Neglected tropical diseases

South Sudan dracunculiasis eradication campaign goes full-steam ahead, despite challenges

© Jacques Ritlewski
Guinea-worm disease awareness and education campaign in a remote village in Kapoeta East, South Sudan, 2013
Geneva | 09 August 2013

Strong political commitment, prompt reporting and rapid investigation of rumoured cases combined with effective case-containment and heightened surveillance activities have significantly reduced transmission of dracunculiasis (also known as guinea-worm disease) in South Sudan.

If the trend continues, the South Sudan Ministry of Health is confident that it can achieve zero transmission by early 2015, despite challenges on the ground.

The country reported 521 cases out of the global total of 542 in 2012.

Despite insecurity and population movements in some highly endemic areas, the Ministry of Health is implementing strategies to interrupt transmission with support from WHO, The Carter Center and UNICEF. Health-care workers and volunteers are working tirelessly and innovative measures are being implemented to encourage people to come forward to containment centres.

UNICEF has been working to drill boreholes in many remote villages, improving the supply of safe drinking-water.

South Sudan launched a full-scale eradication programme in 2006. Since then, the number of cases has reduced sharply, from 20 582 in 2006 to 1028 in 2011 and 521 in 2012. Between January and May 2013, only 55 cases were reported, compared with 286 for the same period last year. This represents a net decrease of 80%.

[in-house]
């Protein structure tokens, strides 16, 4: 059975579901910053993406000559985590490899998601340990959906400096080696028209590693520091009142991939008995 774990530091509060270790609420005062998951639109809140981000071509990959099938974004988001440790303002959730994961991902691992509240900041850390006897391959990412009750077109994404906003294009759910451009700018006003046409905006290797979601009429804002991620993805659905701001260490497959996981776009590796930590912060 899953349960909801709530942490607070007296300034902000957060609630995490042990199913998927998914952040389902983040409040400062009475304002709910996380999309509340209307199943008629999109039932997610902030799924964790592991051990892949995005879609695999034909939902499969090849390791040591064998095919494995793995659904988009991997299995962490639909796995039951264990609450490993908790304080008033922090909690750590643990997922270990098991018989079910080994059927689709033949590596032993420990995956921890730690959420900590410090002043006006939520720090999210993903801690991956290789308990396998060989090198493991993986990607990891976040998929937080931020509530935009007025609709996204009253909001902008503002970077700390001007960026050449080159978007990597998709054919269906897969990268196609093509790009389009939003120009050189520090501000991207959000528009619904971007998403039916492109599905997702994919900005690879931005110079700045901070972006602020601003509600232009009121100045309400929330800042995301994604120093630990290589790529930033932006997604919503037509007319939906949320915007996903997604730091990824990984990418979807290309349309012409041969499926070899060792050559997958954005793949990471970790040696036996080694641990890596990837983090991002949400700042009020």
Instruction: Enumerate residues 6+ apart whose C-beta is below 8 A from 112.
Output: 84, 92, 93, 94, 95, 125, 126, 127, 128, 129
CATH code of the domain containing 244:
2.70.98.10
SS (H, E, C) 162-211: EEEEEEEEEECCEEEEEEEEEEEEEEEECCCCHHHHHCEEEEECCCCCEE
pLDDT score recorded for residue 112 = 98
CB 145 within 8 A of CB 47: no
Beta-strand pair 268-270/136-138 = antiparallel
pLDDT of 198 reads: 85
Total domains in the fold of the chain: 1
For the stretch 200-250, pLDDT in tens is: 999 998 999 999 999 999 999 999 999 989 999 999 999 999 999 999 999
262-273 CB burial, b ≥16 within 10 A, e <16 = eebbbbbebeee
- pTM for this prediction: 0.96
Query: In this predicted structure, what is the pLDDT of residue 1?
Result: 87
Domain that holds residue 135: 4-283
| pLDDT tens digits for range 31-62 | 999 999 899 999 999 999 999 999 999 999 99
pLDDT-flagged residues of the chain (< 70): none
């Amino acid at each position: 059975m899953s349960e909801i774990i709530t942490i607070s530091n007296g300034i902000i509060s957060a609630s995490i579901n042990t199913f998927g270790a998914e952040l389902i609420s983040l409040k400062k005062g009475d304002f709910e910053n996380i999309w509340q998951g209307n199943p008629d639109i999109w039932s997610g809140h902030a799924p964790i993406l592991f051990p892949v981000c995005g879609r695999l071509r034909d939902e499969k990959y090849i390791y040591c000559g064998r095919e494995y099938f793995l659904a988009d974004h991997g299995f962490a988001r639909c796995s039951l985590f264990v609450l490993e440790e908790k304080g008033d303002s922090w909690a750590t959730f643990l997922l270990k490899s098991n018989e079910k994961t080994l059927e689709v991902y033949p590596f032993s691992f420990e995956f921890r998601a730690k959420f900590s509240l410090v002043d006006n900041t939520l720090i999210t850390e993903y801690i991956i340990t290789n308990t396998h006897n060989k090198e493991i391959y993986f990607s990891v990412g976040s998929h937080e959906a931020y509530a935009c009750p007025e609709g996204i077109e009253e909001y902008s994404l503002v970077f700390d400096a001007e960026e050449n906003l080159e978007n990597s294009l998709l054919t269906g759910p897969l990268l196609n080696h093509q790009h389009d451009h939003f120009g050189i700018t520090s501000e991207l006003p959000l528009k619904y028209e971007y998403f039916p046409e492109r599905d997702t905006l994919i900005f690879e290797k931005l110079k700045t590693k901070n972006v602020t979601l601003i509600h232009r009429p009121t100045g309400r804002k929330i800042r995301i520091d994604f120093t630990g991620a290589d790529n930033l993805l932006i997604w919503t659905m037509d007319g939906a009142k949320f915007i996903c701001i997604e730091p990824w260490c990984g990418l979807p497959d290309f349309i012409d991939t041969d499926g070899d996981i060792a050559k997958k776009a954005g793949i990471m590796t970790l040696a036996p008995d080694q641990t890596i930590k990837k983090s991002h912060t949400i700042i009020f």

Remaining affected countries

Chad, Ethiopia and Mali, the three other countries still endemic for dracunculiasis, reported 13 cases between January and May 2013 despite accelerated eradication efforts. In June 2013, the Ethiopian Minister of Health led a high-level delegation to the Gambella region (the only endemic region in Ethiopia)in a bid to spur eradication efforts.

During the 1980s, there was an estimated 3.5 million cases of dracunculiasis in 20 countries worldwide, 17 of which were in Africa.


Six countries - Cote d’Ivoire, Ghana, Kenya, Niger, Nigeria and Sudan - have interrupted transmission of dracunculiasis and are now in the precertification stage.

In June and July 2013, International Certification Teams from the International Commission for the

Certification of Dracunculiasis Eradication (ICCDE) visited Côte d’Ivoire and Nigeria to carry out extensive reviews of records and perform national and field assessments of interruption of transmission. The team will submit its findings to the ICCDE in December 2013.


Dracunculiasis is a crippling parasitic disease caused by Dracunculus medinensis, a long thread-like worm. The disease, which has afflicted humanity for centuries, is transmitted exclusively when people drink water contaminated with parasite-infected water fleas.